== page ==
States Lead on Surprise Medical Billing Protections, Congress Poised to Follow
States are at the forefront of protecting consumers from surprise medical balance billing, which occurs when consumers are billed for the balance of services they unexpectedly receive from an out-of-network provider or facility. Half of all states have enacted some level of protections and seven states have enacted comprehensive legislation to protect consumers. Congress is now considering a federal approach to address surprise balance bills.
Three bills have been introduced in the Senate, each differs in which insurer and provider markets are targeted, how reimbursements are handled, and the exact circumstances in which consumers are protected. All three bills include potentially significant roles for states by:
- Defaulting to state laws, if they exist, in lieu of federal laws;
- Proposing that states establish and/or calculate reimbursement rates; and/or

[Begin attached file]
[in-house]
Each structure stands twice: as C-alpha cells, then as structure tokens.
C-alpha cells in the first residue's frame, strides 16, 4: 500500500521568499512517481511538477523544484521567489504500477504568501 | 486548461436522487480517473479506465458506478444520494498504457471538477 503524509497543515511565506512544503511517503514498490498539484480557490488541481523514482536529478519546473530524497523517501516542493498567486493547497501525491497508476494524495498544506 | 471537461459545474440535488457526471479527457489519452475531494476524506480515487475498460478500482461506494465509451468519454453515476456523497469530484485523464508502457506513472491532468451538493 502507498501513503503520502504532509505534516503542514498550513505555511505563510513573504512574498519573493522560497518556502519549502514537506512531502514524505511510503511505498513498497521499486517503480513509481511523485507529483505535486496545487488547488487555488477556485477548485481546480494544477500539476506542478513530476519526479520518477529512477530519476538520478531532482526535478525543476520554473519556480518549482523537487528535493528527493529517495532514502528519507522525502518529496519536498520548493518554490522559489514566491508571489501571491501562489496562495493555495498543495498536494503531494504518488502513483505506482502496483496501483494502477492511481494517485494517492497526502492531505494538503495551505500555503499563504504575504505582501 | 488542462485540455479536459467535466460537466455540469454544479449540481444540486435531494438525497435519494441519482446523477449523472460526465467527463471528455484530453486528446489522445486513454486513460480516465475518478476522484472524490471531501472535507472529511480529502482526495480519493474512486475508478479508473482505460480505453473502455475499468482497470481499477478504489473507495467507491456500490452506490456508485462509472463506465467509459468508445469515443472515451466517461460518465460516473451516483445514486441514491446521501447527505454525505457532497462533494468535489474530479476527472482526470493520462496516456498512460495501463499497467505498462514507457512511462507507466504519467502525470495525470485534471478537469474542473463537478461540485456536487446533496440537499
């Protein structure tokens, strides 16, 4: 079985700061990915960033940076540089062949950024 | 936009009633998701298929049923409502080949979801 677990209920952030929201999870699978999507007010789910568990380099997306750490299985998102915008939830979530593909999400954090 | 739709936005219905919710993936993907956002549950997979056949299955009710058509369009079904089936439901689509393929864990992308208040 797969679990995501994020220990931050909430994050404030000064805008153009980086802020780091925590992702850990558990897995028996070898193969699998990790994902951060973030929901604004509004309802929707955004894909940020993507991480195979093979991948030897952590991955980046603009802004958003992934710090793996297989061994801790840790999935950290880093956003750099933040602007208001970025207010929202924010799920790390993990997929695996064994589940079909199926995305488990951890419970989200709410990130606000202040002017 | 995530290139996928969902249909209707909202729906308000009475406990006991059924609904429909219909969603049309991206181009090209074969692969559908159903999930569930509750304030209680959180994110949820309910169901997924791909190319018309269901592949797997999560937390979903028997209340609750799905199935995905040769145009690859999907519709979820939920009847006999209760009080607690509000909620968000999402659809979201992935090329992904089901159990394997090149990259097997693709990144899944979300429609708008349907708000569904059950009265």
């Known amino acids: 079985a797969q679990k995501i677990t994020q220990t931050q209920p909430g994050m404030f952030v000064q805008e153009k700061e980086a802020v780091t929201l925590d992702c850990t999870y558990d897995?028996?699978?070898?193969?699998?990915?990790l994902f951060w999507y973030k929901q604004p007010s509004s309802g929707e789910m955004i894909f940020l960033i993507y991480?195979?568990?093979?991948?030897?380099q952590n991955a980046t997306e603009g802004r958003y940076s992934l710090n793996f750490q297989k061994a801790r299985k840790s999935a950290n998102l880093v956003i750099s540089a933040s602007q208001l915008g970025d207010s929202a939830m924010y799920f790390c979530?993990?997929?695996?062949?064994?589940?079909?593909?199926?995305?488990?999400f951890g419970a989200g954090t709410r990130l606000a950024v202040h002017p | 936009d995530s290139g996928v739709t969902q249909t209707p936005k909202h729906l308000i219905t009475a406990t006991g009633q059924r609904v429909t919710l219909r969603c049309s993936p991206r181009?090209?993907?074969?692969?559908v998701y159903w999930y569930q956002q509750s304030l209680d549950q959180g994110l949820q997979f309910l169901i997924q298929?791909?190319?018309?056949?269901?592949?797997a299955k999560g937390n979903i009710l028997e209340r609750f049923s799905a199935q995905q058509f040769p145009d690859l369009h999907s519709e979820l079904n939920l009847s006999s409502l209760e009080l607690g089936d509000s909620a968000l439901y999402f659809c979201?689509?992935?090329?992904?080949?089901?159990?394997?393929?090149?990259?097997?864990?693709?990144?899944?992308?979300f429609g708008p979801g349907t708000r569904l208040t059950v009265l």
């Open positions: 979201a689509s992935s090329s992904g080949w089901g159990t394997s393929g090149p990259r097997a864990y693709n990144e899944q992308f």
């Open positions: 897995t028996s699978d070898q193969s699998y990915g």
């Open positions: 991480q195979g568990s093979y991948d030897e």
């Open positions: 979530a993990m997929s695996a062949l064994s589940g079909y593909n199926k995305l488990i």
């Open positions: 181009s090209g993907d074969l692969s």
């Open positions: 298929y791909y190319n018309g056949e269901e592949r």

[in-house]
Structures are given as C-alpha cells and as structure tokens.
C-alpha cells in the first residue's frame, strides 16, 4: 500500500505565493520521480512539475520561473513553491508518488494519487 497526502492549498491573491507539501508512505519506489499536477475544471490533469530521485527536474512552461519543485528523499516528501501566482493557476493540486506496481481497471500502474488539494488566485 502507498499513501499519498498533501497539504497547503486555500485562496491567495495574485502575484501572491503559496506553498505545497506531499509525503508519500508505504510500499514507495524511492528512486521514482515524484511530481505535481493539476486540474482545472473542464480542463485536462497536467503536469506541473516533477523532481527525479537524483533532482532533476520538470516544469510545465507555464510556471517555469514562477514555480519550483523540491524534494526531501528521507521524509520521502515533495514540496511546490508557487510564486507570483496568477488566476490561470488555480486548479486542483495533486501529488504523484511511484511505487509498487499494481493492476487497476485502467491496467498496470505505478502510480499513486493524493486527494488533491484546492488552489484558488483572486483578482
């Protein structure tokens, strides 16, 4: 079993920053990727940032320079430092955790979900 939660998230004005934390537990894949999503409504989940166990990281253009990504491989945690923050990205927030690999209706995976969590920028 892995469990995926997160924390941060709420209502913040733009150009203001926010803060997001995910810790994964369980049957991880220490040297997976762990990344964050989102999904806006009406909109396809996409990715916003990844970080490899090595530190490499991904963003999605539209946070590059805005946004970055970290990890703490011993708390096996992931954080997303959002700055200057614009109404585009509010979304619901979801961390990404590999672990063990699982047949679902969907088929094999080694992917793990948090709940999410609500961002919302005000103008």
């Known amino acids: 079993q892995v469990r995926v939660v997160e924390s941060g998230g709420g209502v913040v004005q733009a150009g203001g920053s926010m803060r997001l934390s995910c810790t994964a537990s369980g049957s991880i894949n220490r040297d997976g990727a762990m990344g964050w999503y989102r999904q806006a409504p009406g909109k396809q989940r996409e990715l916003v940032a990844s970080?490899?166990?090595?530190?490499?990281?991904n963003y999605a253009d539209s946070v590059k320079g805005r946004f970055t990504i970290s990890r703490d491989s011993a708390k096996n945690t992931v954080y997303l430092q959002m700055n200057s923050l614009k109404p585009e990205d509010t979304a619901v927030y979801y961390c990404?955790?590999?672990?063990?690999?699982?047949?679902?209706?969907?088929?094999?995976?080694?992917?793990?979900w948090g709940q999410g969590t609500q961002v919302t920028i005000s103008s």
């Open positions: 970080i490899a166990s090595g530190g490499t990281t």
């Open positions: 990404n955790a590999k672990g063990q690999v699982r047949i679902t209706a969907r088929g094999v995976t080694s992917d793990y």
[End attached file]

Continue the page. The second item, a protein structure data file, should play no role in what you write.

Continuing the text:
- Requiring states to designate appropriate data sources to resolve balance billing disputes.
These proposals also have important implications for state insurance markets. For example, establishing limits on how much a provider can “balance bill” a consumer or insurer may trigger cost shifting to other payers. These changes may also alter negotiating dynamics between insurers and providers, leading to changes in network composition for some insurance plans.
State and federal officials may also wish to consider how best to coordinate implementation of these new policies, including what infrastructure is needed to perform and share required cost calculations. In addition, state and federal officials may also wish to consider how to coordinate the notice and disclosure requirements they impose on providers and insurers to reduce administrative burden and potential consumer confusion in the event of redundant policies.
A detailed summary of current Senate proposals is featured below. As federal proposals evolve, the National Academy for State Health Policy (NASHP) will continue to evaluate and share implications for states.